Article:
Formula 1's qualifying revamp met a lukewarm response from drivers, with Daniel Ricciardo suggesting other areas of the championship need attention first.
The slowest driver will be eliminated after a number of time intervals in the revised system for 2016 as part of an effort to improve the show for fans.
But when asked if he felt there are bigger problems to fix in F1, Ricciardo said: "Yeah I think so.
"There is no limit on how many things they can change, but if you were prioritising there are other things which would come first for sure.
"Qualifying was good, but if it means more cars out on track, at least at the start, then maybe that's OK.
"Without looking into 'how's that going to work or what if it rains?', the ins and outs, it seems fine. I don't know how much it's going to change.
"It might put a little bit more pressure on us to execute the lap early in the session because after five minutes or something they're going to start ticking them off.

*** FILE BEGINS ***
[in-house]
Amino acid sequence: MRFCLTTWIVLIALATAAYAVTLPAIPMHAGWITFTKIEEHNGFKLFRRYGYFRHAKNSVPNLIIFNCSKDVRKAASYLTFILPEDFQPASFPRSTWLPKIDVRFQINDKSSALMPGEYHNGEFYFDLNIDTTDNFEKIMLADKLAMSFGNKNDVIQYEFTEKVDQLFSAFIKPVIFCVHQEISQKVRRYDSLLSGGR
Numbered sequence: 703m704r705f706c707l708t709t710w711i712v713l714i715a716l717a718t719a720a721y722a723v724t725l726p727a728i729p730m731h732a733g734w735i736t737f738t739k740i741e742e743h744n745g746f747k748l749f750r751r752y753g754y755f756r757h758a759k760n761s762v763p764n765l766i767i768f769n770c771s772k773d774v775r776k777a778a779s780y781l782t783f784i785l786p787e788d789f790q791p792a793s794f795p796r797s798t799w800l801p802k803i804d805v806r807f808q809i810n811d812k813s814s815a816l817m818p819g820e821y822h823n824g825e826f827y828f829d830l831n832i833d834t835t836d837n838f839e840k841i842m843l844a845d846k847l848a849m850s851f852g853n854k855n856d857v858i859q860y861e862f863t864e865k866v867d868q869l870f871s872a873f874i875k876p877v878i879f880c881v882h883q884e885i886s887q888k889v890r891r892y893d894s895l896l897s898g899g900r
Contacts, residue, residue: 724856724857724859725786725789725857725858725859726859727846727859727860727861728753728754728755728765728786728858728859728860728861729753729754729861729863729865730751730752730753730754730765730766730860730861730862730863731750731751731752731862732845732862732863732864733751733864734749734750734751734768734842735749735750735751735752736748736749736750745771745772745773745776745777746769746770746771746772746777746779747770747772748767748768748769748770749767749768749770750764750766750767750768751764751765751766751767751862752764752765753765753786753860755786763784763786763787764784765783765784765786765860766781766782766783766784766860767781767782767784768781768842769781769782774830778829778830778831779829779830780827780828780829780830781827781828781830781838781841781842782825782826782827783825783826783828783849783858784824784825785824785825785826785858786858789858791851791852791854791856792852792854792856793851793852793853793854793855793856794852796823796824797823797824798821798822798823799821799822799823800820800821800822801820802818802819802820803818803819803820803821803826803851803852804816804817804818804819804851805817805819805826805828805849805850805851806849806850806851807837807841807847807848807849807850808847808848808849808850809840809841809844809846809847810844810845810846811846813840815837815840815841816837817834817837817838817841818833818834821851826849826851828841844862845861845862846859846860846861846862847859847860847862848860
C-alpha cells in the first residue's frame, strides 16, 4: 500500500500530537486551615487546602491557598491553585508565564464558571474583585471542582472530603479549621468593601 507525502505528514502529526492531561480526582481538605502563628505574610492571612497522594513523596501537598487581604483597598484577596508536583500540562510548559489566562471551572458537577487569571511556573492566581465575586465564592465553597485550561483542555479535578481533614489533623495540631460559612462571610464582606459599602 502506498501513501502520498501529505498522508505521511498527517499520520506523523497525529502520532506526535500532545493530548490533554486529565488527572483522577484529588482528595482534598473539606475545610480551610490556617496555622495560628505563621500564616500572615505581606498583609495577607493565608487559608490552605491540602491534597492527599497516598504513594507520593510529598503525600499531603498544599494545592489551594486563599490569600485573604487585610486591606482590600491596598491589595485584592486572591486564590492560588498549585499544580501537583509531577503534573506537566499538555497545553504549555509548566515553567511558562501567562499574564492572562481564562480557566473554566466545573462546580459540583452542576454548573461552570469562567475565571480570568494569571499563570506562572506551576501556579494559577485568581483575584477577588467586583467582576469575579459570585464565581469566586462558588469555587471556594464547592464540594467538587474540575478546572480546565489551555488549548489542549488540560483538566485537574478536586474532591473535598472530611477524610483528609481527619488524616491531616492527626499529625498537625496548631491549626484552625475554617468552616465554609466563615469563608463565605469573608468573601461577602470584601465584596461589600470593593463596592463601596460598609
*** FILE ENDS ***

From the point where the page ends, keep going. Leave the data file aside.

"You've got to not only execute the lap but set yourself up in traffic well, so there might be a little bit more precision involved rather than pick your moment in 15 minutes.
"We'll all get used to it."
Lewis Hamilton agrees with Ricciardo's uncertainty but hopes the plan will pay off for fans.
"I don't really feel like it's going to change much to be honest with you, but I hope it's a surprise for us all," he said.
"Generally the format is the same, but it just puts more focus on ensuring you get your laps in, and it keeps people out, making sure they are out all the time.
"Hopefully it will be good for spectators maybe."
With the finer details of the new qualifying format have yet to be agreed, Nico Rosberg hopes F1's bosses don't overcomplicate it.
"I hope it stays simple, that's important, and maybe is a bit more exciting during in qualifying," he said.
"Instead of it always being at the very end, the result coming up, step by step with people dropping out, it will be good."
Carlos Sainz Jr's main concern is that it may be complicated for the general sports fan when they tune in.
"I read them very briefly and I didn't understand them," he said. "If it makes things more spectacular then it's welcome.
"I just hope that the fans that are not big fans of Formula 1 and just turn on their TV on Sunday understand it and they know what's happening.
"That's maybe my only worry because if I didn't understand it at first glance then maybe that means it's a bit complicated."